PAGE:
the passion and pity, God’s own gift, of
the writer, the train and the door.

Bed-jacket – Carolyn King

Beneath the surface of the bedclothes,
sheets drawn tight, unthinkable things
are happening.

Her pale face floats on the counterpane fold
like a small white lily; out of reach;

All week I’ve searched for a bed-jacket;
shops don’t stock them any more:
“A what?”

Forgotten, it seems, as liquorice comfits,
cinder toffee – weekend treats
in post-war rationing days.

Our cheeks were rosy then; her smile
alive as the mouse who came to high-school
up her shirt-sleeve, peeping out

at critical moments
on the hockey field.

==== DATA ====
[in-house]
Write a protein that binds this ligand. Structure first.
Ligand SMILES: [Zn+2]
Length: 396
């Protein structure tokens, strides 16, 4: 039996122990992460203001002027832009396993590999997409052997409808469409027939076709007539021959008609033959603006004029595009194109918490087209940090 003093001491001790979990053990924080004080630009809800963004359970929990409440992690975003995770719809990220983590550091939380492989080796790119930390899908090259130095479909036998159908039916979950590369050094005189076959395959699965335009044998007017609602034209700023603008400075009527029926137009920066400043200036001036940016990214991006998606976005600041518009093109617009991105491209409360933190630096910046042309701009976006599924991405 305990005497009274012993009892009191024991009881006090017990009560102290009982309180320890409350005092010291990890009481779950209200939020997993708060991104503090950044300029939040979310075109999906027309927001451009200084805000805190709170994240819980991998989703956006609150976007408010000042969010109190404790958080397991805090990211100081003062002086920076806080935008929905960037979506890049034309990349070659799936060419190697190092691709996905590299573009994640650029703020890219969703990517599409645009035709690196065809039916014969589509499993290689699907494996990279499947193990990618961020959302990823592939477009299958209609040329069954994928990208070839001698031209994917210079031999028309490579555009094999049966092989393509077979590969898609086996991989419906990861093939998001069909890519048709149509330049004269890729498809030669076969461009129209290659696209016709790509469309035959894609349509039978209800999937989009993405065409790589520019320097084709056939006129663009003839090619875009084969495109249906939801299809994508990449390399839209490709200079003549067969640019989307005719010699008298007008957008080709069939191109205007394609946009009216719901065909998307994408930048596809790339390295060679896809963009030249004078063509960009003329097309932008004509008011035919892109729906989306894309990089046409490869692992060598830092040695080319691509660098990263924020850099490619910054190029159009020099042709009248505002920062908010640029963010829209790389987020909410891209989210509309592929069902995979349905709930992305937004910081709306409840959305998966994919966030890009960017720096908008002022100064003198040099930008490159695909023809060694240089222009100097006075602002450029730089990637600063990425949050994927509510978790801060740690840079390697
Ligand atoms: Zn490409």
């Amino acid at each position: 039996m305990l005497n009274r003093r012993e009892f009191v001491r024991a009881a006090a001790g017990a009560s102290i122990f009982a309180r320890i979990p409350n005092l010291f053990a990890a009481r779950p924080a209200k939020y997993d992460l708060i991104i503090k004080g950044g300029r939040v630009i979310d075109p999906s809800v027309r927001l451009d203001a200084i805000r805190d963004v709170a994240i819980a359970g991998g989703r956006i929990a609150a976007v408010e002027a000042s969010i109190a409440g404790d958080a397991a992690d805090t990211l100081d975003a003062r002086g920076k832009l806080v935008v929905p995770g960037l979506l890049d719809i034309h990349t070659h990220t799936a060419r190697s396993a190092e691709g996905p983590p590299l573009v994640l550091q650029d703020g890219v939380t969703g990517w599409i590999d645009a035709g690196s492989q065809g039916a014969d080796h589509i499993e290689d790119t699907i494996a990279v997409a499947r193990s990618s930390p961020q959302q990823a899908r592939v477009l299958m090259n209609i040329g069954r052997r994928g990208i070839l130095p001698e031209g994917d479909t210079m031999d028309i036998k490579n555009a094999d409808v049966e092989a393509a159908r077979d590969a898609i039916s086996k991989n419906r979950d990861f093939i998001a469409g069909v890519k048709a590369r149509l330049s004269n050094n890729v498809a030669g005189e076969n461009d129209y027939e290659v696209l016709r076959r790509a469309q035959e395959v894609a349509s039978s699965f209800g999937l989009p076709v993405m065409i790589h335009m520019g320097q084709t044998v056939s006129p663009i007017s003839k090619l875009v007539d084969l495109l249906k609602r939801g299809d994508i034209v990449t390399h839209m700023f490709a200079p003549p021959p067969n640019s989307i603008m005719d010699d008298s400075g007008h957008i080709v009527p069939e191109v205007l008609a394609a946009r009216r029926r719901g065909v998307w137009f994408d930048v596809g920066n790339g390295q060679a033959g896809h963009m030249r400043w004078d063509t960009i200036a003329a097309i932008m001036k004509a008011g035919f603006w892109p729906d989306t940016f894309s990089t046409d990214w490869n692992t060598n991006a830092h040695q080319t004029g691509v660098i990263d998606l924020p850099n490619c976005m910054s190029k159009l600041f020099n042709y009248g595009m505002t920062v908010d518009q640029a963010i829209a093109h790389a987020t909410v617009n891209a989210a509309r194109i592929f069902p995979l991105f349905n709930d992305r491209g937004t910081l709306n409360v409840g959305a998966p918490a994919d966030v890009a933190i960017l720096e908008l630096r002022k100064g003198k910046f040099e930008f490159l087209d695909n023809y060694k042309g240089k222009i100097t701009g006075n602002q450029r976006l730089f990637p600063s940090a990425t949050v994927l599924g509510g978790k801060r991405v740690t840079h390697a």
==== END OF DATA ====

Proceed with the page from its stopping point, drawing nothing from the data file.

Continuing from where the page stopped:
He never came to harm. 

Now I settle for cards on a Saturday -
nothing new to say: hello – get well,
although I know she won’t.

And she’s too far away for me to visit;
her son delivers regular reports
by phone.  Little to tell:

progress is a dirty word
sullying the dead calm
of her lily-pond existence.

I picture her – my fading friend:
pastel blossom propped up
on a lily-pad;

want to send her a life-jacket:
can’t even manage
a bed-jacket;

try to persuade myself that frogs
can turn into princes: maybe she still
has something up her sleeve.  

Marula, Mulezia, Mutubetube – Yvonne Redick

Gogo shuffled from her rush-thatched house.
She built its earth walls fifty years ago.

Slowly, she told me words
that made the trees fall into place.

We started with Marula. ‘Ma-ru-la’, I said.
The one near her house
had syrupy fruit, wave-grained wood,
bark that treated scorpion stings,
leaves that soothed heartburn.

Outside the village was a Mulezia,
but I remember African Star Chestnut more easily.
Its pods were three-lobed paws.

In the hot forest, she showed me a Mutubetube.